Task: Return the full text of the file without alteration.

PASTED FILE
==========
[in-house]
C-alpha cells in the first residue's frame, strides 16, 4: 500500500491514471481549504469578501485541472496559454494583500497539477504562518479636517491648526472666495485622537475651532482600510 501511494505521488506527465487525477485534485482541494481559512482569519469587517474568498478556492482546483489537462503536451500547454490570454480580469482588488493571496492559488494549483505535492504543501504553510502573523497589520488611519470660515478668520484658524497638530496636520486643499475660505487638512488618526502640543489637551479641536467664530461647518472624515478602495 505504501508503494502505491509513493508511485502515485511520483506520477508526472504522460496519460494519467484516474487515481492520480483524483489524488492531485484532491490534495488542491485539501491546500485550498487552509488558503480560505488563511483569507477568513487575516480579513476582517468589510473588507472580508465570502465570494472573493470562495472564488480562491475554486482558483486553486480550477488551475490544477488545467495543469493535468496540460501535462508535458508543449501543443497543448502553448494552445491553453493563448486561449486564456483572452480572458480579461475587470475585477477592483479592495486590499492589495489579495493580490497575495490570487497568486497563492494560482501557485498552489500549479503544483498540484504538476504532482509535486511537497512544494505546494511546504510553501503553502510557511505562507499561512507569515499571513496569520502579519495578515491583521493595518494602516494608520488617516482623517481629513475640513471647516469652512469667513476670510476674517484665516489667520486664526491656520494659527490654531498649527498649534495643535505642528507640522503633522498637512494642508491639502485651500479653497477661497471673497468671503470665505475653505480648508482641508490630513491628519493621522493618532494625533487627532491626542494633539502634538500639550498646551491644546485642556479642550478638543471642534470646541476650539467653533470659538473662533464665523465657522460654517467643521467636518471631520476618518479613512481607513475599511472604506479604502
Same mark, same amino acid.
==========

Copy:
[in-house]
C-alpha cells in the first residue's frame, strides 16, 4: 500500500491514471481549504469578501485541472496559454494583500497539477504562518479636517491648526472666495485622537475651532482600510 501511494505521488506527465487525477485534485482541494481559512482569519469587517474568498478556492482546483489537462503536451500547454490570454480580469482588488493571496492559488494549483505535492504543501504553510502573523497589520488611519470660515478668520484658524497638530496636520486643499475660505487638512488618526502640543489637551479641536467664530461647518472624515478602495 505504501508503494502505491509513493508511485502515485511520483506520477508526472504522460496519460494519467484516474487515481492520480483524483489524488492531485484532491490534495488542491485539501491546500485550498487552509488558503480560505488563511483569507477568513487575516480579513476582517468589510473588507472580508465570502465570494472573493470562495472564488480562491475554486482558483486553486480550477488551475490544477488545467495543469493535468496540460501535462508535458508543449501543443497543448502553448494552445491553453493563448486561449486564456483572452480572458480579461475587470475585477477592483479592495486590499492589495489579495493580490497575495490570487497568486497563492494560482501557485498552489500549479503544483498540484504538476504532482509535486511537497512544494505546494511546504510553501503553502510557511505562507499561512507569515499571513496569520502579519495578515491583521493595518494602516494608520488617516482623517481629513475640513471647516469652512469667513476670510476674517484665516489667520486664526491656520494659527490654531498649527498649534495643535505642528507640522503633522498637512494642508491639502485651500479653497477661497471673497468671503470665505475653505480648508482641508490630513491628519493621522493618532494625533487627532491626542494633539502634538500639550498646551491644546485642556479642550478638543471642534470646541476650539467653533470659538473662533464665523465657522460654517467643521467636518471631520476618518479613512481607513475599511472604506479604502
Same mark, same amino acid.